LINGUIST List 13.1940

Thu Jul 18 2002

Calls: Romance Langs, L2 Acquisition/Emotions

Editor for this issue: Karen Milligan <karenlinguistlist.org>


As a matter of policy, LINGUIST discourages the use of abbreviations or acronyms in conference announcements unless they are explained in the text.

Directory

  1. Deborah Piston-Hatlen, LSRL 33--Romance Languages
  2. Jean-Marc Dewaele, Second language acquisition and emotions

Message 1: LSRL 33--Romance Languages

Date: Wed, 17 Jul 2002 14:40:31 -0500 (EST)
From: Deborah Piston-Hatlen <lsrl33indiana.edu>
Subject: LSRL 33--Romance Languages

		
LSRL XXXIII
Indiana University Bloomington

Indiana University Bloomington
April 24-27, 2003

 Call for papers 

Deadline for receipt of abstracts: December 6, 2002

 Main session: All areas of Romance linguistics
 Parasession: Romance Languages in Contact Situations

 Keynote Speakers: Luigi Burzio, Jos Ignacio Hualde, Shana Poplack, Juan
Uriagereka

 Organizers: Julie Auger, Clancy Clements, Deborah Piston-Hatlen, Albert
Valdman, Barbara Vance
 
 phone: (812)855-4988
 e-mail: lsrl33indiana.edu
 Web site: http://www.indiana.edu/~lsrl33
 Send abstracts to:	LSRL XXXIII
					CREDLI
					1020 E. Kirkwood Ave.
					Ballantine Hall 604
					Bloomington, IN 47405-7103
					USA
Abstracts are invited for 20-minute talks (plus 10 minutes for discussion)
on any aspect of Romance linguistics. Abstracts should be no more than two
pages in length (including examples and references), in 12-point type. All
margins should be at least one inch wide (or 2.5 cm). Authors are asked to
submit their abstracts either by: 
	(a) 	e-mail attachment (MS Word or WordPerfect) with a hard
copy to follow within 1 week
	OR
	(b) 	postal services (send six copies of an anonymous abstract
and one additional copy with the authors name and affiliation.)
No faxes will be accepted. In the email message or on a separate sheet,
please also include the title of the paper, name of author(s),
affiliation(s), address, phone number, and e-mail address. To facilitate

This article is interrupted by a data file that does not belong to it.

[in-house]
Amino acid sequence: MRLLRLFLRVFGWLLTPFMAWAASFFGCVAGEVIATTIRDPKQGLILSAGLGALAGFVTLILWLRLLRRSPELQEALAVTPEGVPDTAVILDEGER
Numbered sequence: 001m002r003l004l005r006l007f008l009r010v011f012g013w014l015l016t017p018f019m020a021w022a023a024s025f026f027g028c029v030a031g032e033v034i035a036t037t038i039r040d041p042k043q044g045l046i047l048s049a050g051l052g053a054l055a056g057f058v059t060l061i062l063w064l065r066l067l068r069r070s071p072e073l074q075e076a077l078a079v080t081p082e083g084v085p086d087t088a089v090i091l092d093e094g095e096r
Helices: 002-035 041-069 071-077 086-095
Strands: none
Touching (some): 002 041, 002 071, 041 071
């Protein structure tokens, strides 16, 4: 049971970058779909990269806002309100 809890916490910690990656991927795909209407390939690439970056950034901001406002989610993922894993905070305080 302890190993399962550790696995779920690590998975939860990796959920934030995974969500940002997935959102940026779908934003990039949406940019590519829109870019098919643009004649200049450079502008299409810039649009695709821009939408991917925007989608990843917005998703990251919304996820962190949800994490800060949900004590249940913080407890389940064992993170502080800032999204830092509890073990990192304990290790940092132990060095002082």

the review process, please indicate the primary area of linguistics
addressed in the paper. Those who wish to be considered for both the Main
Session and the Parasession should send two sets of materials (please
indicate MAIN SESSION / PARASESSION). Submissions are limited to a maximum
of one individual and one joint abstract per author. Preference will be
given to presentations not duplicated at other major conferences (e.g.,
LSA, NELS, WCCFL). Authors are asked to indicate prior or planned
presentations of their papers. 
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Message 2: Second language acquisition and emotions

Date: Wed, 17 Jul 2002 15:46:16 +0000
From: Jean-Marc Dewaele <j.dewaelebbk.ac.uk>
Subject: Second language acquisition and emotions

Dear friends and colleagues,

We are looking for anyone willing to contribute to the Panel 'Second
language acquisition and emotions' which we are convening at AAAL2003
(March 22-25) For more information see http://www.aaal.org/aaal2003/

Until recently investigations of language and emotions in a variety of
fields - except for psychoanalysis and psychological counseling -
excluded bilingual individuals. Memoirs of bilingual individuals
suggest that some of their languages may be perceived as more
emotional than others (Pavlenko, 1998). A number of recent studies
have looked at how bilinguals talk about emotions in their two
languages. Pavlenko (2002a,b) investigated discursive construction of
emotions in the two languages of Russian-English bilinguals and found
evidence that the process of second language socialization resulted in
the conceptual restructuring of emotion categories of her adult
language learners. Dewaele & Pavlenko (2002), investigated the use of
emotion vocabulary in the advanced French interlanguage of Dutch L1
speakers and in the advanced English interlanguage Russian L1
speakers. The results demonstrate that proficiency, extraversion, type
of linguistic material and gender have an effect!
 on the use of emotion words.

References:

Dewaele, J.-M. & A. Pavlenko (2002) Emotion vocabulary in
interlanguage. Language Learning 52, 2, 265-324.

Pavlenko, A. (1998) Second language learning by adults: testimonies of
bilingual writers. Issues in Applied Linguistics 9, 1, 3�19.

Pavlenko, A. (2002a) Emotions and the body in Russian and
English. Pragmatics and Cognition, 10, 201-236.

Pavlenko, A. (2002b) Bilingualism and emotions. Multilingua, 21, 1, 45-78.

We intend to present preliminary findings based on the
webquestionnaire with 34 questions on bilingualism and emotions which
was recently advertised on Linguistlist and which we invite you to
fill out www.bbk.ac.uk/llc/biling+emotions/index.html

We are looking for work that will break new ground and forge new
directions in the study of the relationship between emotions and
second language acquisition, be it work on expressing emotions in more
than one language, or in the second language, study of comprehension
of emotion repertoires, or work on differential emotional attachments
to different languages of a second language user. If you are
interested in presenting a paper in the panel (20 minutes of
presentation plus 10 minutes for discussion), could you please send us
your abstract by email before August 15th, the title of the paper,
name and affiliation of the author(s), an abstract of 300 words,
followed by the author�s postal and email addresses.

Thank you !

Aneta Pavlenko and Jean-Marc Dewaele

Email: apavlenktemple.edu
Email: j.dewaelebbk.ac.uk
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